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Odd Dreams Could Be Aiding Your Brain’s Learning

Bizarre dreams, according to specialists at the Human Brain Project, may help your brain learn more effectively. 

The National Sleep Foundation estimates that we dream four to six times every night on average. However, because we forget over 95% of our dreams, you will only recall a couple per month.

According to a new study from the University of Bern in Switzerland, dreams, particularly those that appear authentic but are later discovered to be aberrant, assist our brain in learning and extracting general ideas from previous experiences. Using machine learning-inspired methodologies and brain modeling, the study, which was done as part of the Human Brain Project and published in eLife, proposes a novel hypothesis on the significance of dreams.

Sleep and dreams have long been recognized as important in learning and memory, and the impact that a single restless night may have on our cognition has been extensively documented. However, there isn’t a theory that connects experience accumulation, concept generalization, and creativity.

Non-REM sleep, in which the brain “replays” the sensory stimulation encountered while awake, and REM sleep, in which spontaneous bursts of strong brain activity form vivid dreams, are the two types of sleep phases that we usually experience during sleep, alternating one after the other. The researchers used brain cortex simulations to simulate how different sleep phases affect learning. They were inspired by a machine learning approach known as Generative Adversarial Networks (GANs) to add an element of unusualness to manufactured dreams.

Two neural networks compete to produce new data from the same dataset, in this case a collection of simple photos of objects and animals, in GANs. This technique creates fresh artificial visuals that appear to a human viewer to be realistic on the surface. After that, the researchers simulated the brain in three different states: awake, non-REM sleep, and REM sleep. The model is shown photographs of boats, vehicles, dogs, and other objects while awake. The model replicates the sensory inputs with various occlusions in non-REM sleep.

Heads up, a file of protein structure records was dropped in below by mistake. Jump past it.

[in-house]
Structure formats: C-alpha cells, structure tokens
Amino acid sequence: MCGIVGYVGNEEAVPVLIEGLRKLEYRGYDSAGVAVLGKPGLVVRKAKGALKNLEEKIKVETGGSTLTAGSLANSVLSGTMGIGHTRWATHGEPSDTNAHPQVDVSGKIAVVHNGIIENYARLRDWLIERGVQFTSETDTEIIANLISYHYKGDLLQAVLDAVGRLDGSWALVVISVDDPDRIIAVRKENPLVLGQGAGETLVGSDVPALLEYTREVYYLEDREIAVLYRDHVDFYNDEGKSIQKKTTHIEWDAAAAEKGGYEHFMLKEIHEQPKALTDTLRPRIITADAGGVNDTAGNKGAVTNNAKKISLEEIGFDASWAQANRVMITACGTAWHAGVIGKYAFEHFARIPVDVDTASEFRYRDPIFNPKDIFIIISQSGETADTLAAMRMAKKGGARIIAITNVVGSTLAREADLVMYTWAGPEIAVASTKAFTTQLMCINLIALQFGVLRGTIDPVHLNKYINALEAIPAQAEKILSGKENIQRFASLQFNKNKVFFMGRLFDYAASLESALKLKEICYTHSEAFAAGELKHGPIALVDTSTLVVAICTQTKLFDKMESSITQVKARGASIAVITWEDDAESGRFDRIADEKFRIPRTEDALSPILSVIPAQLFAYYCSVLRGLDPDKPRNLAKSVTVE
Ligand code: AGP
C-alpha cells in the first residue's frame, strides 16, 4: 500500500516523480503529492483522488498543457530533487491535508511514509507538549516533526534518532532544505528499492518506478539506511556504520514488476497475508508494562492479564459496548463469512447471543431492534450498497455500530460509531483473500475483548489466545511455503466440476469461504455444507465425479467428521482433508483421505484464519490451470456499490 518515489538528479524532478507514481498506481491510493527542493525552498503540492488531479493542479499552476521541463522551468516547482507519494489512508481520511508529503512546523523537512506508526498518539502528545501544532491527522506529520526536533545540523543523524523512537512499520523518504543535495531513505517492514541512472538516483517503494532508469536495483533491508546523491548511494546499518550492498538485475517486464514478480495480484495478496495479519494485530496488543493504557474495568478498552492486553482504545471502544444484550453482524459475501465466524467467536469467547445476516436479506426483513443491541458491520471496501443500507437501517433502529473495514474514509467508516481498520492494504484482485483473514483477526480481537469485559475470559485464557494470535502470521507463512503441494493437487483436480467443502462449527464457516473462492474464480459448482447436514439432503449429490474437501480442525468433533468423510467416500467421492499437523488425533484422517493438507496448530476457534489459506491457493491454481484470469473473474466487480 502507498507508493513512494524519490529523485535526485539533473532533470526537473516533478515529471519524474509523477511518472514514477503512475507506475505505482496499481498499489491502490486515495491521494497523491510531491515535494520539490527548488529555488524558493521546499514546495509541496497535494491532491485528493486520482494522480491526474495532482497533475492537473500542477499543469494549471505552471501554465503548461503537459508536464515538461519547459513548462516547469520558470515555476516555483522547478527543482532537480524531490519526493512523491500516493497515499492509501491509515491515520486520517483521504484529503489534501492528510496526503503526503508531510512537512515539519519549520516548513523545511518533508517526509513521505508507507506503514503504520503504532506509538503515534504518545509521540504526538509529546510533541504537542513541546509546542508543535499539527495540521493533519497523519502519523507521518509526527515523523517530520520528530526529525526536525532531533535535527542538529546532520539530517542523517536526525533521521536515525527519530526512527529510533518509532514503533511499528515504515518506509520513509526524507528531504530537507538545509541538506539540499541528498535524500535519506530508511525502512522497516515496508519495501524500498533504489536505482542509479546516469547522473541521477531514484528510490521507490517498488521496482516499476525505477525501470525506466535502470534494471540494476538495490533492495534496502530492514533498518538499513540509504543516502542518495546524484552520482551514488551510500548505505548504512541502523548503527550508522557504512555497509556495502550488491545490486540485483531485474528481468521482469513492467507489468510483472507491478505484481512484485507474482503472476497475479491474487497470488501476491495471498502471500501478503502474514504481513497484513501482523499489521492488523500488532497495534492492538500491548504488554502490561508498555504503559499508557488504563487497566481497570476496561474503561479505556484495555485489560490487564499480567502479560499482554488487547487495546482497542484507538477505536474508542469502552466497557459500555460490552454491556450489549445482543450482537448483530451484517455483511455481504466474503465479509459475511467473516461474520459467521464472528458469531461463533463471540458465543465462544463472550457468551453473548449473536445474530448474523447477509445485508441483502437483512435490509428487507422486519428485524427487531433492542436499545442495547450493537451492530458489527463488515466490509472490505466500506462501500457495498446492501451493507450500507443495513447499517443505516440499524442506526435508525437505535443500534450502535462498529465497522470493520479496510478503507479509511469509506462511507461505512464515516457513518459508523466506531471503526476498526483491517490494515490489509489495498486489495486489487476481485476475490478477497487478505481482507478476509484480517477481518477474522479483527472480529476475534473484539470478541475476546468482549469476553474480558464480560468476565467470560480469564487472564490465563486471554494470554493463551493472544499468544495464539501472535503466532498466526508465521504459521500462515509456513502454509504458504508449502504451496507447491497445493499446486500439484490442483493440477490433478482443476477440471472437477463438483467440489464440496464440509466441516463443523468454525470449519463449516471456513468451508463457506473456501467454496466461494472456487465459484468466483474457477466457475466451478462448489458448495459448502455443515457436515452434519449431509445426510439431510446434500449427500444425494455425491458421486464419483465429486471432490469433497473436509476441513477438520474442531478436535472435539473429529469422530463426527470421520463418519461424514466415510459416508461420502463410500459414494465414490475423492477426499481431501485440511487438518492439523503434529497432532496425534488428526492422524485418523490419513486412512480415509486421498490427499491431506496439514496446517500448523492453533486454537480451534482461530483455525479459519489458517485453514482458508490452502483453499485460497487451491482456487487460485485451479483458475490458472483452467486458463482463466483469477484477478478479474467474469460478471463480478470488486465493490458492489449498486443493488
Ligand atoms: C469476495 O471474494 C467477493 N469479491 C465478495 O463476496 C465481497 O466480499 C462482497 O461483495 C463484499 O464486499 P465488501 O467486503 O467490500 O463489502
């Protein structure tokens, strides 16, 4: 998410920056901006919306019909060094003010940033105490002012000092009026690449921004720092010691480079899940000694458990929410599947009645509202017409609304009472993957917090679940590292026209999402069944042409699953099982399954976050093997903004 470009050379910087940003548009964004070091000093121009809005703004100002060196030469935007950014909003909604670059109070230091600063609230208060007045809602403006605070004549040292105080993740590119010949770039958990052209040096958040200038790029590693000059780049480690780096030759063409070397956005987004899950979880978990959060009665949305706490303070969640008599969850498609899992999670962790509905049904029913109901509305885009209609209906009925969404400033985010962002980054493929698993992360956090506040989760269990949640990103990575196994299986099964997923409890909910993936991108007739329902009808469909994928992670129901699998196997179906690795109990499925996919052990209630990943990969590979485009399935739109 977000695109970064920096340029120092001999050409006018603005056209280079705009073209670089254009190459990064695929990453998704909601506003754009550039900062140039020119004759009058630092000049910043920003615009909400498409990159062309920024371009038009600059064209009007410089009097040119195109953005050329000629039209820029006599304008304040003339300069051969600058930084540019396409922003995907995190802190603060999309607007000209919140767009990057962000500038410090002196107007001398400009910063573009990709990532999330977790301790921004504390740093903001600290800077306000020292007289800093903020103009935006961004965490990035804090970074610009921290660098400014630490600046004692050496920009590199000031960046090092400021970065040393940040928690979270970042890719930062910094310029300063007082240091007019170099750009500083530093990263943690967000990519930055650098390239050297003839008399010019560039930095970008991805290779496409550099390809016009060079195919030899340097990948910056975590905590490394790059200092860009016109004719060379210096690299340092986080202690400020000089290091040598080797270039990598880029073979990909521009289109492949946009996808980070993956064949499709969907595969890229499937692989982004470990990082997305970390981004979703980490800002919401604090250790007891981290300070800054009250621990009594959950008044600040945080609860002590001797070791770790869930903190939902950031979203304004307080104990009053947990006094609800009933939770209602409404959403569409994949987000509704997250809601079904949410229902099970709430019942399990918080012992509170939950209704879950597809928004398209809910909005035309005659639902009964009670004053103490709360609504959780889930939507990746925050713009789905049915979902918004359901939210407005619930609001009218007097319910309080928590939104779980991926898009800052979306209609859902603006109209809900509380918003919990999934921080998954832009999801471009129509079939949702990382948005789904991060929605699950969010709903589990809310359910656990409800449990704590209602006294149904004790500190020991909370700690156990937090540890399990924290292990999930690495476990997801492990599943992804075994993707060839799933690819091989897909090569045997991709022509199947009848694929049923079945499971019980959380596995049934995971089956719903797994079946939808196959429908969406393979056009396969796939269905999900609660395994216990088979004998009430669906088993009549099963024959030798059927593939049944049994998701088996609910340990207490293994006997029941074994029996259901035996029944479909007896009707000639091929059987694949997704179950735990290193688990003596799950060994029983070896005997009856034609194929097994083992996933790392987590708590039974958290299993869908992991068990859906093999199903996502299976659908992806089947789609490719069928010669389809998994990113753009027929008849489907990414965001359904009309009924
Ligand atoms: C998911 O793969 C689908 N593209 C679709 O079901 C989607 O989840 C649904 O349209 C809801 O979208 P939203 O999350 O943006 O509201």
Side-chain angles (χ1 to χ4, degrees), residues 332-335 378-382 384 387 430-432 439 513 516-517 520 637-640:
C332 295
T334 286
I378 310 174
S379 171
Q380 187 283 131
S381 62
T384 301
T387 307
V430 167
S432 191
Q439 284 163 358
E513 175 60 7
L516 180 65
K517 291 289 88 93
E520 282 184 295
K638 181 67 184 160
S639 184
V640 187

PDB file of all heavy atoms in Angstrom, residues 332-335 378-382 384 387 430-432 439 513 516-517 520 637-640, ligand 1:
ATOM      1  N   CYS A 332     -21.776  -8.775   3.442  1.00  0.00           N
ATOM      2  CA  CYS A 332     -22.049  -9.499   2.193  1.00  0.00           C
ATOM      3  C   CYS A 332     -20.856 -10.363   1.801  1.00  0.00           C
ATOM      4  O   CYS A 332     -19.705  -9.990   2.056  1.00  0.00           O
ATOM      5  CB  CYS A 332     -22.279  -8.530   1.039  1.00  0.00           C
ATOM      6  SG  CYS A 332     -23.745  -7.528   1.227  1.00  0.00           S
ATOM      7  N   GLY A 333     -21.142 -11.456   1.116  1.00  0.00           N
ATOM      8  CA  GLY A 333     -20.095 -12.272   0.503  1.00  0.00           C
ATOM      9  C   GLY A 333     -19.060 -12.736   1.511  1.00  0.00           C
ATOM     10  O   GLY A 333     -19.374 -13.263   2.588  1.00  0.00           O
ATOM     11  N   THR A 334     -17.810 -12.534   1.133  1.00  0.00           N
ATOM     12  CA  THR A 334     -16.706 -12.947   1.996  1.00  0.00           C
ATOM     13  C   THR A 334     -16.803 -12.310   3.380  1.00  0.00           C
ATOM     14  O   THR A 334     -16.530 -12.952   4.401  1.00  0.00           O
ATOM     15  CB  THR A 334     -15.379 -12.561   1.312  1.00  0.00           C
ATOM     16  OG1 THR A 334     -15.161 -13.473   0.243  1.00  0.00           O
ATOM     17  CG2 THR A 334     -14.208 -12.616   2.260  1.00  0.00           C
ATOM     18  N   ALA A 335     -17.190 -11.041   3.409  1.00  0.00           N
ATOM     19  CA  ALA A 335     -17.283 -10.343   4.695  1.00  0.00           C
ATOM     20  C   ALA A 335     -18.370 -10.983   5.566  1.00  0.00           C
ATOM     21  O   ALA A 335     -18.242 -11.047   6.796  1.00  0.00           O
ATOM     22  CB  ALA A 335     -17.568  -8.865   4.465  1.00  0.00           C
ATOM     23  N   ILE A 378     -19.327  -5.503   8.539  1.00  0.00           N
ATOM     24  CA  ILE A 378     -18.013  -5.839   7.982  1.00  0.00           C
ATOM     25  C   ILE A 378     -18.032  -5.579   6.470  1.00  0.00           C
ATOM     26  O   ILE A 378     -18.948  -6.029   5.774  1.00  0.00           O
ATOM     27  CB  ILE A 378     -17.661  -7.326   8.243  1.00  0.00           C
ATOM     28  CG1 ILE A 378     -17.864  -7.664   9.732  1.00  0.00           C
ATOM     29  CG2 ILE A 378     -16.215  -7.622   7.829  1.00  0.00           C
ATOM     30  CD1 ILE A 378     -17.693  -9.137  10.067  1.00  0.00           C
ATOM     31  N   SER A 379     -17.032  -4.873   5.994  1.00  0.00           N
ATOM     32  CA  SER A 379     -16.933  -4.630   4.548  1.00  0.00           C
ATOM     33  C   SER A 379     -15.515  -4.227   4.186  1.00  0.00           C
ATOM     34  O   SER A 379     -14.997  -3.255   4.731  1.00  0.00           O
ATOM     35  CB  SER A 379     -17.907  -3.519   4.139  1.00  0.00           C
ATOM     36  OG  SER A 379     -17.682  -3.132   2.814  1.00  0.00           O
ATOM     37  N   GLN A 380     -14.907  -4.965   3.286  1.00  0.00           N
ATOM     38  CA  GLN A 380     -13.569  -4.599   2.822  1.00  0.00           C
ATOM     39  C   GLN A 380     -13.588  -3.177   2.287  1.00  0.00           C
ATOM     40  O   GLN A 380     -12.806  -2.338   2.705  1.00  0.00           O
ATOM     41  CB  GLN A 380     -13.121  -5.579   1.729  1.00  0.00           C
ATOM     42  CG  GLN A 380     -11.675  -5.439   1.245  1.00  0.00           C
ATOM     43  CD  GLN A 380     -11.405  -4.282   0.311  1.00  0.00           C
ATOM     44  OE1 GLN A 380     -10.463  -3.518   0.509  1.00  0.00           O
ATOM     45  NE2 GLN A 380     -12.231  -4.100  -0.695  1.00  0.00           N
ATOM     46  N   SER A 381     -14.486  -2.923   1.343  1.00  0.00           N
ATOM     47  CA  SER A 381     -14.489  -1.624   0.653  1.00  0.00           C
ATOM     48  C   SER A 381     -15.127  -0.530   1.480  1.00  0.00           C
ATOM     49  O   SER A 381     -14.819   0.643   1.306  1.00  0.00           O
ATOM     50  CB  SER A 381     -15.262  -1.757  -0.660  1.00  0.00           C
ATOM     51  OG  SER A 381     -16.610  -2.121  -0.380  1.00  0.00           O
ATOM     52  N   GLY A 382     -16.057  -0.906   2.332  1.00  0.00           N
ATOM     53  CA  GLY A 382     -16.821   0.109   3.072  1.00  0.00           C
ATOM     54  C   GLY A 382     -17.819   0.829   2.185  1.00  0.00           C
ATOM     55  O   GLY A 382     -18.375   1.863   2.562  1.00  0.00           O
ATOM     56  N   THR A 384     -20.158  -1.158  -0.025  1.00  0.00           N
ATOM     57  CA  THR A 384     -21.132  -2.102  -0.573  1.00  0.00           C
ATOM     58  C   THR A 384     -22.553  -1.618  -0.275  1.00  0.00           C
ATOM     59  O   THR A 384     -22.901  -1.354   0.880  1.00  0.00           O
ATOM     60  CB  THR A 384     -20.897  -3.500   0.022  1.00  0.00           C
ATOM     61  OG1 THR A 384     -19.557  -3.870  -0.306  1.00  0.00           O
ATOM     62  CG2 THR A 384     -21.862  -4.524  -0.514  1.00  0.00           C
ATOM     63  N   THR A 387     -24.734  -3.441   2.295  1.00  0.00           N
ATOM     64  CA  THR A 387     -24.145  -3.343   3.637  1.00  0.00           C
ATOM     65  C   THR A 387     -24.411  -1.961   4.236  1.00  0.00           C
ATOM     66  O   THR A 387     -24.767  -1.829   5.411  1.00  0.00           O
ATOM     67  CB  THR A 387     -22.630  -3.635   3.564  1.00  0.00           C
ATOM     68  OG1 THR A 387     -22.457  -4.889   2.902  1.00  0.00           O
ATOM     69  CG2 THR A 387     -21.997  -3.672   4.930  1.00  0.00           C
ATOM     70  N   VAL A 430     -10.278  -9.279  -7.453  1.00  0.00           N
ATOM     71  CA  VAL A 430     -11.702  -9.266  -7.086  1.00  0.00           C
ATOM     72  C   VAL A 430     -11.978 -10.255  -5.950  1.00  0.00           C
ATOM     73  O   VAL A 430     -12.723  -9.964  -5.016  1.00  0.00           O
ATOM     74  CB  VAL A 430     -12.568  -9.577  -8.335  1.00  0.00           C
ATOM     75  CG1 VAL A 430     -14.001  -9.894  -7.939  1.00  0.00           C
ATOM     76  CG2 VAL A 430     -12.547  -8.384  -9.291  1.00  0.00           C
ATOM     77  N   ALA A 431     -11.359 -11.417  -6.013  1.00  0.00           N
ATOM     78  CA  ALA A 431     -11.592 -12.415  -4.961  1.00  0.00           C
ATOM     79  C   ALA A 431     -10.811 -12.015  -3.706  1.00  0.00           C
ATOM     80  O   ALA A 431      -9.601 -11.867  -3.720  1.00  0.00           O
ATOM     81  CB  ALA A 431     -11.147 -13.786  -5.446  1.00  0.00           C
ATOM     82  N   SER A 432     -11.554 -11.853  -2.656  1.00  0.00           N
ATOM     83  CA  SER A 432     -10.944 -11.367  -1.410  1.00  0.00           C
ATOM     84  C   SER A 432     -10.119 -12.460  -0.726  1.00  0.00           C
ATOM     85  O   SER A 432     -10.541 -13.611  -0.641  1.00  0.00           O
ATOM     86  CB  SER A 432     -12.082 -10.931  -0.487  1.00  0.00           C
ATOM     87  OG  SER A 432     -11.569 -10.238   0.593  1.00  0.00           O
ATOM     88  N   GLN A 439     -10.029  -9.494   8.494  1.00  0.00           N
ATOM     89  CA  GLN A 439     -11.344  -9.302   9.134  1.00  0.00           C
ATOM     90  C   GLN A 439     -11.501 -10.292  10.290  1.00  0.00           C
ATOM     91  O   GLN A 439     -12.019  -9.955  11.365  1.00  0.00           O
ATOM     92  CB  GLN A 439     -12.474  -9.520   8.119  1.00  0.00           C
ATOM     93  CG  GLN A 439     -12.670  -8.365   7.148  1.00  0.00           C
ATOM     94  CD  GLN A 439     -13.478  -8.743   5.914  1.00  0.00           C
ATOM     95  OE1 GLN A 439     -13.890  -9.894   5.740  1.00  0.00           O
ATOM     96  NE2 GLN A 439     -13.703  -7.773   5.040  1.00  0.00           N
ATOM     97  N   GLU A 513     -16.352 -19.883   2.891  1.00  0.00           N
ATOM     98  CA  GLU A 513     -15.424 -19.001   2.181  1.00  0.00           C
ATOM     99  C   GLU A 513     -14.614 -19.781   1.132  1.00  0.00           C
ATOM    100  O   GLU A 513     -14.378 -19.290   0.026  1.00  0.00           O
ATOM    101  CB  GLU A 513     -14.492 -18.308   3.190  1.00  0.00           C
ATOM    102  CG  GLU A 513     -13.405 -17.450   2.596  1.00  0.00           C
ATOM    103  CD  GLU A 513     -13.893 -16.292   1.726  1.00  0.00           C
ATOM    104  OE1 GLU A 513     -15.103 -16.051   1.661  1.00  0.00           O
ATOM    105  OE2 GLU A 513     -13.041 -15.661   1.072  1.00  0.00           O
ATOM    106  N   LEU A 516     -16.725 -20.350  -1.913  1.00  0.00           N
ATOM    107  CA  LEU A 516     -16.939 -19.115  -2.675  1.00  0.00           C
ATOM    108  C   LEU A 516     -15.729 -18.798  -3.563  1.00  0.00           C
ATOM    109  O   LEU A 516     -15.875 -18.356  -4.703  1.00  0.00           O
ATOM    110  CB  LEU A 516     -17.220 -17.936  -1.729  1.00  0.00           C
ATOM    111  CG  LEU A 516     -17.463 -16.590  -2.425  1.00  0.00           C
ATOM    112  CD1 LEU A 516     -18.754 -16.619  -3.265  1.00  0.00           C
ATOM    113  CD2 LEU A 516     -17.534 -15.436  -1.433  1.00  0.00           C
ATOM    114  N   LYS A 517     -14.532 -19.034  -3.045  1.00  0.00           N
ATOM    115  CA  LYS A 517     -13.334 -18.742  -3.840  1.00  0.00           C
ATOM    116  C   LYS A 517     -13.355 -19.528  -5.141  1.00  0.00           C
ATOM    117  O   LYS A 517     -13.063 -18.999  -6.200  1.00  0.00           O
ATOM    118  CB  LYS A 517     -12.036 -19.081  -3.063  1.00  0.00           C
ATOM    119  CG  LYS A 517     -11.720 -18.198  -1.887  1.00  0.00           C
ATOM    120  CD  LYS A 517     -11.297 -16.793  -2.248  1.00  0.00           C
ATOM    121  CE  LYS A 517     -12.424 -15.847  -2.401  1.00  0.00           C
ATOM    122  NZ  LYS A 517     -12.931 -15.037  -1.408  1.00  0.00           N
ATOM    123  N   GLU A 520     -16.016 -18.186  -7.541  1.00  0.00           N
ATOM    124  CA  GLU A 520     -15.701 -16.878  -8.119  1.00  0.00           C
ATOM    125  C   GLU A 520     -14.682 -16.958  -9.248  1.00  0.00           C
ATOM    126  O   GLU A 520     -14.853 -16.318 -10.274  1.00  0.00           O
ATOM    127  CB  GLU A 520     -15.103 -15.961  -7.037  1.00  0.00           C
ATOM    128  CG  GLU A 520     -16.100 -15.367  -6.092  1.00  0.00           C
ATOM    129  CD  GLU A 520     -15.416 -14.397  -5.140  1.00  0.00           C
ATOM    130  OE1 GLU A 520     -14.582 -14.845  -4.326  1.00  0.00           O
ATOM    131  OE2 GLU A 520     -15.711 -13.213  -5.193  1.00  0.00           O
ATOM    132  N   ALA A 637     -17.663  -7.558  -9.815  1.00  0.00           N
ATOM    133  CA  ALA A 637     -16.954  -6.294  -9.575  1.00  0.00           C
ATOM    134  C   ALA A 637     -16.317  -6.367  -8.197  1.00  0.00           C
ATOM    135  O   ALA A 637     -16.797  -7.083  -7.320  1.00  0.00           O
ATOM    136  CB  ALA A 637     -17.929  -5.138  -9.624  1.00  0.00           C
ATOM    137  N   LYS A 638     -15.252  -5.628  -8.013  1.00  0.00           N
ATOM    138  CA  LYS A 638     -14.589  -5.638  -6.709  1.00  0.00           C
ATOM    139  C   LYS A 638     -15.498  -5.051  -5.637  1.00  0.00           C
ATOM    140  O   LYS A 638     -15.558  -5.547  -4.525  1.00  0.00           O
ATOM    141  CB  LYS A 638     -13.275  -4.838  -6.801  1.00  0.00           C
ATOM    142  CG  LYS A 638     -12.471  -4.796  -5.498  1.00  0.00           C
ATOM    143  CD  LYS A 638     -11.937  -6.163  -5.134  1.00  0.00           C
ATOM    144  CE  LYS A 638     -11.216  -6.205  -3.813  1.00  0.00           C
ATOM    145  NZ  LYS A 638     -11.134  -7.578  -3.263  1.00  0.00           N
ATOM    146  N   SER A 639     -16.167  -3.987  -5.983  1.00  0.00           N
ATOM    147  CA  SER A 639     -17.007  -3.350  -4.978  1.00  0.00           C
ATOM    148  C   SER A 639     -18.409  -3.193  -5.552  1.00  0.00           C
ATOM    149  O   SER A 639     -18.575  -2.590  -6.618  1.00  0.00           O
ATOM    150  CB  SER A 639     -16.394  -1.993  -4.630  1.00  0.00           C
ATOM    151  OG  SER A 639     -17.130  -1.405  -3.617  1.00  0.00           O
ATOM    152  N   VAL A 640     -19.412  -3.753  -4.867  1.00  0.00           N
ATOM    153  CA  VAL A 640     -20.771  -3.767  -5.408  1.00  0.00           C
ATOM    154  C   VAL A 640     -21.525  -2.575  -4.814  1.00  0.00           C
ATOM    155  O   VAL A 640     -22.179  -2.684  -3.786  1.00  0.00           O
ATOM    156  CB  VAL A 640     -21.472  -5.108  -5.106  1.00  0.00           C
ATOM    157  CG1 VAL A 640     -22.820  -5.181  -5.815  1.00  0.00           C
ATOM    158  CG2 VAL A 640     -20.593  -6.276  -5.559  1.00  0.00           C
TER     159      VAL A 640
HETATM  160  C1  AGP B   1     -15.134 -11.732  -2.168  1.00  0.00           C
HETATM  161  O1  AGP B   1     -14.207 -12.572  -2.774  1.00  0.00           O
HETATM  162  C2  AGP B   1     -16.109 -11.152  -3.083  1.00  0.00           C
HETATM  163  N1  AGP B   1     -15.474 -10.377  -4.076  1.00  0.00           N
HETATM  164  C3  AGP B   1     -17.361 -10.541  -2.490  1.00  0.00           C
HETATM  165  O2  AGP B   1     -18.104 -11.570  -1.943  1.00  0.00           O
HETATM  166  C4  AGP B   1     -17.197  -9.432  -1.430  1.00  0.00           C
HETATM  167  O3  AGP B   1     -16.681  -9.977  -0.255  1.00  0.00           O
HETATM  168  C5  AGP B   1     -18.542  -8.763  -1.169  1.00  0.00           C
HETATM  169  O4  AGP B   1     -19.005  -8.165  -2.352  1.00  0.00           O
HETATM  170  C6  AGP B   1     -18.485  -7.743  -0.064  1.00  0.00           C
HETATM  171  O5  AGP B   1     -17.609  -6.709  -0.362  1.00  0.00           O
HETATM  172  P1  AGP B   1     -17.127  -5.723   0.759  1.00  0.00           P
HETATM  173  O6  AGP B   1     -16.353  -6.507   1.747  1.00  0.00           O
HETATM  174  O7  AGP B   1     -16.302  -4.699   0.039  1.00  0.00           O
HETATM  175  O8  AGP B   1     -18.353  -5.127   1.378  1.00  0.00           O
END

Through the GANs, REM sleep generates new sensory inputs, resulting in distorted but lifelike copies and mixtures of boats, vehicles, pets, and other objects. A simple classifier analyzes how quickly the identification of the item can be read from the cortical representations to measure the model’s performance.

“Non-REM and REM dreams become more realistic as our model learns,” explains Jakob Jordan, senior author, and leader of the research team. “While non-REM dreams resemble waking experiences quite closely, REM dreams tend to creatively combine these experiences.”

The accuracy of the classifier reduced when the REM sleep period was inhibited in the model, or when these dreams were rendered less imaginative. These representations tended to be more susceptible to sensory perturbations when the NREM sleep period was abolished (here, occlusions). Wakefulness, non-REM sleep, and REM sleep all appear to have complimentary functions in learning: experiencing the stimuli, cementing that experience, and discovering semantic concepts, according to this research.

“We think these findings suggest a simple evolutionary role for dreams, without interpreting their exact meaning,” says Deperrois. “It shouldn’t be surprising that dreams are bizarre: this bizarreness serves a purpose. The next time you’re having crazy dreams, maybe don’t try to find a deeper meaning – your brain may be simply organizing your experiences.”

Odd Dreams Could Be Aiding Your Brain’s Learning

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